Rocking the Relay

Epic Exchange six

It was being a runner that mattered, not how fast or how far I could run. The joy was in the act of running and in the journey, not in the destination. We have a better chance of seeing where we are when we stop trying to get somewhere else.

John Bingham

My relay team is headed out this weekend to finish our 5th Red Rock Relay in Southern Utah.

Every team is different and each race is different. It is important to make sure that there are not major personality conflicts in the vans, which will ruin everyone’s fun. Personalities who may conflict should be in different vans on the team.

This is probably my number one rule about gathering a team. The first year I put together my team I mixed two people who should not have been mixed. We finished the race with smiles, but it was a little tense at times. When you are sticking six people in a van together for 24-36 hours, with limited sleep, aching legs and feet, and weird eating schedules every precaution should be taken to reduce friction least a fire spring to life from smoldering embers.

Communication between vans is crucial when you are approaching to a major exchange point (changing from Van One to Van Two’s six legs of the race). Text messaging and phone calls are the easiest form of communication. Text messaging requires less of a signal than phone calls making it my first choice for contacting the other van.

When texting my other van, I send the name of the runner who is running, what mile they are at, and their pace. We learned quickly that if you don’t put the time the text message is sent the information can be pointless. The text message can be delayed due to inconsistent service. Your message should be something like, “Swiss Miss is running, 13:00 pace, three miles to go. Sent at 9:00 p.m.” If you don’t include the sent time and they don’t have service until 9:30 p.m. they will think they have 39 minutes until the runner comes in, but in reality they only have nine minutes to get their runner ready to go and in the exchange shoot.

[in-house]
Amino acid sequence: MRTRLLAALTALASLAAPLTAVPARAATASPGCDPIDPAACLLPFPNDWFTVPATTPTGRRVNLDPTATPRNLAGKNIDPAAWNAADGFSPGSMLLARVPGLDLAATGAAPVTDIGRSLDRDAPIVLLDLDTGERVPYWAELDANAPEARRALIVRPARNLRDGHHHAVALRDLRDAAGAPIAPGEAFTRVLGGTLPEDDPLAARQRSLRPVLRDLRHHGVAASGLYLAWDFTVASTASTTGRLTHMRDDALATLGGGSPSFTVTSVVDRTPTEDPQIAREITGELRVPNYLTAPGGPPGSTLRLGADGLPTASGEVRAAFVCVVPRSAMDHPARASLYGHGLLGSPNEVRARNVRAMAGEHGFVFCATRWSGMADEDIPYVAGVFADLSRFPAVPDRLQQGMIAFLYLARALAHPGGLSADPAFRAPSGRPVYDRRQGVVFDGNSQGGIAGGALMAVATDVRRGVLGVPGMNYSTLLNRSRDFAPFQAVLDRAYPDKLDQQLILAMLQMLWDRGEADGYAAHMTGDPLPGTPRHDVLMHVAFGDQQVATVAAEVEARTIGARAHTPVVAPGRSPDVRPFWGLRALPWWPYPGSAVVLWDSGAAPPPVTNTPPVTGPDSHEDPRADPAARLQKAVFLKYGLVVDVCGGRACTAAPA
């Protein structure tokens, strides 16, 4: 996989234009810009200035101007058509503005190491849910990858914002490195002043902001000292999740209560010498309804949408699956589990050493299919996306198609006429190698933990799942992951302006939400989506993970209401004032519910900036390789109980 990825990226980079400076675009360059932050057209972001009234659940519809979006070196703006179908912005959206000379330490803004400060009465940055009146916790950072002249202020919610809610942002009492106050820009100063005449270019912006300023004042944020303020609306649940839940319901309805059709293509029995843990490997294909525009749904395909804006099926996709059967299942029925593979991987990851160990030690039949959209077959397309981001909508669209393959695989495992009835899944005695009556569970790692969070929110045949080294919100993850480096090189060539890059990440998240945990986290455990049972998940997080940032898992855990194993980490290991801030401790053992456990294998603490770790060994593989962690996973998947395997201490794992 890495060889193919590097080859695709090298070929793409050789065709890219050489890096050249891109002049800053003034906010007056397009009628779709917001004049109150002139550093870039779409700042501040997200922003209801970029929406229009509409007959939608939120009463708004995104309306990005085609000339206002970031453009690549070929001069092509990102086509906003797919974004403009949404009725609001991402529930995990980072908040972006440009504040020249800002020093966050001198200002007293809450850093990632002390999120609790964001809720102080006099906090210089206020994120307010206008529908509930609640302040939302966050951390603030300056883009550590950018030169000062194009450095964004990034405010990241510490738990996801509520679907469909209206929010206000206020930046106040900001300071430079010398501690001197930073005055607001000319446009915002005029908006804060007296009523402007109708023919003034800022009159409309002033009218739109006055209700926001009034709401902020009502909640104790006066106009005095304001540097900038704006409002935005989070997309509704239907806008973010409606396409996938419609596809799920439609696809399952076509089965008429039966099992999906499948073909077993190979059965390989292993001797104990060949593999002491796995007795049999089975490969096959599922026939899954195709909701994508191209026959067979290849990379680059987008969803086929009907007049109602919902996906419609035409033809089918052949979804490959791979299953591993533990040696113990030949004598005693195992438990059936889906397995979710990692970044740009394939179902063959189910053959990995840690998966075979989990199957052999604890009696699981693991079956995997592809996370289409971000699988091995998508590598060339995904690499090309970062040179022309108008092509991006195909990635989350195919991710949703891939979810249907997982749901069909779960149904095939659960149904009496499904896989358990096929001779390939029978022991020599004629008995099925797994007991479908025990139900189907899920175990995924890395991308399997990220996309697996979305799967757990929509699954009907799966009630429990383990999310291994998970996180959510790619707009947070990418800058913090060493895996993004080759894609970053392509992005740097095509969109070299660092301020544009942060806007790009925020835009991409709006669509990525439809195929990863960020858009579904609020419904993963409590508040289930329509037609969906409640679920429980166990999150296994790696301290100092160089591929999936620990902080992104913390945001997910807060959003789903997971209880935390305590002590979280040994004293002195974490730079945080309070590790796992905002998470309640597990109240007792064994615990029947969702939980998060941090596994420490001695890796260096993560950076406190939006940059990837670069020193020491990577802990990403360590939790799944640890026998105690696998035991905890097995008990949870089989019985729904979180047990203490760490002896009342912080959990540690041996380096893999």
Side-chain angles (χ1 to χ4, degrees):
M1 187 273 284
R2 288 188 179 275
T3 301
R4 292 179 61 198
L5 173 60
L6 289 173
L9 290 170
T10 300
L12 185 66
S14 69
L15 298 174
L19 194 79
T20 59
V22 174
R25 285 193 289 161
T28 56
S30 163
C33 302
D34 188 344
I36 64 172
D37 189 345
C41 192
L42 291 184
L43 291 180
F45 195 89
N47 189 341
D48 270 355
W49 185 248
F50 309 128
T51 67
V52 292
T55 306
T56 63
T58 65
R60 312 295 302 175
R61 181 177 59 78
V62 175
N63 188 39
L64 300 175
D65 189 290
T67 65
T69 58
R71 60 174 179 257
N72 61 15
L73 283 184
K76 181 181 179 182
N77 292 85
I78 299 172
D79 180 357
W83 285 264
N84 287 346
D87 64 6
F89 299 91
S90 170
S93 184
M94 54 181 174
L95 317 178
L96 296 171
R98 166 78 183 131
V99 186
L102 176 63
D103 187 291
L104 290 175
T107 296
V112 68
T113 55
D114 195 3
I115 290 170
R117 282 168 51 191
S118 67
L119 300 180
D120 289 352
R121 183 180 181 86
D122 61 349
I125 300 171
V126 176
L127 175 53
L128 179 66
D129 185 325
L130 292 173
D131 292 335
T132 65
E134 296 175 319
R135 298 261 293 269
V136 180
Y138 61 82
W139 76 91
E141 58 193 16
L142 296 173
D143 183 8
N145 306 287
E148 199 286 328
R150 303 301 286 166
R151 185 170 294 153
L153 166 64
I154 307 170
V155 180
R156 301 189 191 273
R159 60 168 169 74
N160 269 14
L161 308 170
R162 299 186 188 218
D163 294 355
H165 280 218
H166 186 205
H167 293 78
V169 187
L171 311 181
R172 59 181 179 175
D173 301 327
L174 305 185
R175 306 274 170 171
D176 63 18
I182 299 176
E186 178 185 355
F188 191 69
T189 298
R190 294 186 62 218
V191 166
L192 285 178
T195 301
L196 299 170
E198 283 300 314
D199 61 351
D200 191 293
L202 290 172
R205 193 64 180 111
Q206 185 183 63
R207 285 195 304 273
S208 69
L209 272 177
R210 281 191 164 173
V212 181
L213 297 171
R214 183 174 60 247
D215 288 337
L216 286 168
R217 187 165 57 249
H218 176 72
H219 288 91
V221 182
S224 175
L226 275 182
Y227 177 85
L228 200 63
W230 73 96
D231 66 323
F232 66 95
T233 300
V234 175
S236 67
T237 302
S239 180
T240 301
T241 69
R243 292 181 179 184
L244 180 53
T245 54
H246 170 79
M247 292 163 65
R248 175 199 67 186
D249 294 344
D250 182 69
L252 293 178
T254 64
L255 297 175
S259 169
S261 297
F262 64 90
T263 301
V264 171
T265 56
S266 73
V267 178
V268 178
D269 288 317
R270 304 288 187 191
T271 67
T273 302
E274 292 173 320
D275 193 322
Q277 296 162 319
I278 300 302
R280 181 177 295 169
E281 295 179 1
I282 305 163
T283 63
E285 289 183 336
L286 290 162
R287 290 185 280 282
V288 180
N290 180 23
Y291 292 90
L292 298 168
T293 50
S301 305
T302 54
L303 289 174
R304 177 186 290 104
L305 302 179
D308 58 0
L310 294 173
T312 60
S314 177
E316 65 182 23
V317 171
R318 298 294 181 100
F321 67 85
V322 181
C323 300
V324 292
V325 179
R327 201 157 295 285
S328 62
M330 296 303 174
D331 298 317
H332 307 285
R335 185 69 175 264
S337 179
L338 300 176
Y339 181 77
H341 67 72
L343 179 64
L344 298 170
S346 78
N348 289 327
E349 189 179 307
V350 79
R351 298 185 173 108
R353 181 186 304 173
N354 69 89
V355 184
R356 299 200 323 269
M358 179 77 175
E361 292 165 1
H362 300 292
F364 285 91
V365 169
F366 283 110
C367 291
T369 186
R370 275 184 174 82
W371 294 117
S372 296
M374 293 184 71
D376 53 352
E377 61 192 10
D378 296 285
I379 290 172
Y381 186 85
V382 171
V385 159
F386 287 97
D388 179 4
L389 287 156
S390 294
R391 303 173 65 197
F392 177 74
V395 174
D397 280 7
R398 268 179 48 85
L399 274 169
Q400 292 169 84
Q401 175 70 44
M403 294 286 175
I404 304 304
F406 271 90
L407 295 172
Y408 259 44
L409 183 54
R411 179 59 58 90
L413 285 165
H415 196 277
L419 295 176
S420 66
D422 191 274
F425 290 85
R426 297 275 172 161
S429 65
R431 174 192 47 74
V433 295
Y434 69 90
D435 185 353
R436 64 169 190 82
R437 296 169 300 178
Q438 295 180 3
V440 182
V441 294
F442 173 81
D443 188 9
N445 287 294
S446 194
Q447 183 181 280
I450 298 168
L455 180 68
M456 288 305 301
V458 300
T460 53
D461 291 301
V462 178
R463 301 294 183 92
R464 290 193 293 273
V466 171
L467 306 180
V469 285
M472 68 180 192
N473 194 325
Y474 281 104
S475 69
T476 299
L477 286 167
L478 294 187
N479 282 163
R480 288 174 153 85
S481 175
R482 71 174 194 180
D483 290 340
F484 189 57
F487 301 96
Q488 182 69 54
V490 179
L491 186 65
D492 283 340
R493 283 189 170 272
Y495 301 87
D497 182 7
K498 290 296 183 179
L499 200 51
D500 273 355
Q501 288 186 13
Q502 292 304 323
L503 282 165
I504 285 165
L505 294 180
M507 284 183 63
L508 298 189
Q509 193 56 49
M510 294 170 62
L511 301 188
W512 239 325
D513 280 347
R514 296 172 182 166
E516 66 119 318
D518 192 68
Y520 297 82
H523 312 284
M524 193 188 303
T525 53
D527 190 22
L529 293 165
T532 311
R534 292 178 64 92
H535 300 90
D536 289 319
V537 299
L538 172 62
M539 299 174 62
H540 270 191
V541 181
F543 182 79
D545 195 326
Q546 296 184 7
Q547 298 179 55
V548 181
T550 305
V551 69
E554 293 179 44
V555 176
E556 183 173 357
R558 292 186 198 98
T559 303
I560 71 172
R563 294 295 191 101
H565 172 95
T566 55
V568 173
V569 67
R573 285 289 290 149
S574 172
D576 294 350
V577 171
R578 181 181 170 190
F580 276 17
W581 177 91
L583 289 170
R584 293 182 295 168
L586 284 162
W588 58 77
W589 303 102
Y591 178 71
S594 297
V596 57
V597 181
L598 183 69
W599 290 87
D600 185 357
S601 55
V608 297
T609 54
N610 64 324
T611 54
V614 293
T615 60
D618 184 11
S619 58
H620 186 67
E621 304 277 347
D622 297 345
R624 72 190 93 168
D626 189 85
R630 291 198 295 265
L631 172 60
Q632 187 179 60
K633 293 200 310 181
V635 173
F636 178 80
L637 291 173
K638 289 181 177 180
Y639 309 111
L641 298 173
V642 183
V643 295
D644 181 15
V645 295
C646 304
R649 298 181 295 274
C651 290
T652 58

Putting in the time that the text is sent, eliminates this problem, so long as they receive it before you roll into the exchange point. As a last precaution, once the van reaches the “One mile to go” sign, the van should pull ahead of the runner and make sure the next runner is ready to start.

Relays are the perfect way to gather new runners into the sport and get them super excited to run.

Good luck building your teams!

Flash Floods don’t stop team Nut up or Shut up!

Van one RRR 9.12.14Van One Team Nut up or Shut up: Back row left to right: Jillybean, Shoeless Joe, Matt, and Kilo. Kneeling left to right: Mel and JJ.

RRR 9.13.14Van Two Team Nut up or Shut Up back row left to right: J$, Spongebunny, and Swiss Miss. Front laying down: me AKA the Captain.

Flash flooding in Southern Utah led to the closing of I-15 between Mesquite, Utah, and Las Vegas, Nevada. All of the traffic was diverted onto the Red Rock Relay racecourse. The Utah Department of Transportation informed the race director Wednesday that runners could not be on the road because it was now being used as the primary thoroughfare for the semi-trucks and all other traffic going to Las Vegas by way of Cedar City, Utah.

Teams got an email on Wednesday evening explaining that the race would not be cancelled, but that it would be significantly changed. The new plan was to start both van one and van two for all teams at the same time from the starting line and have both vans run the first twelve legs. Essentially the twelve person teams were split into two six person teams, and everyone would start together and run the same 12 legs.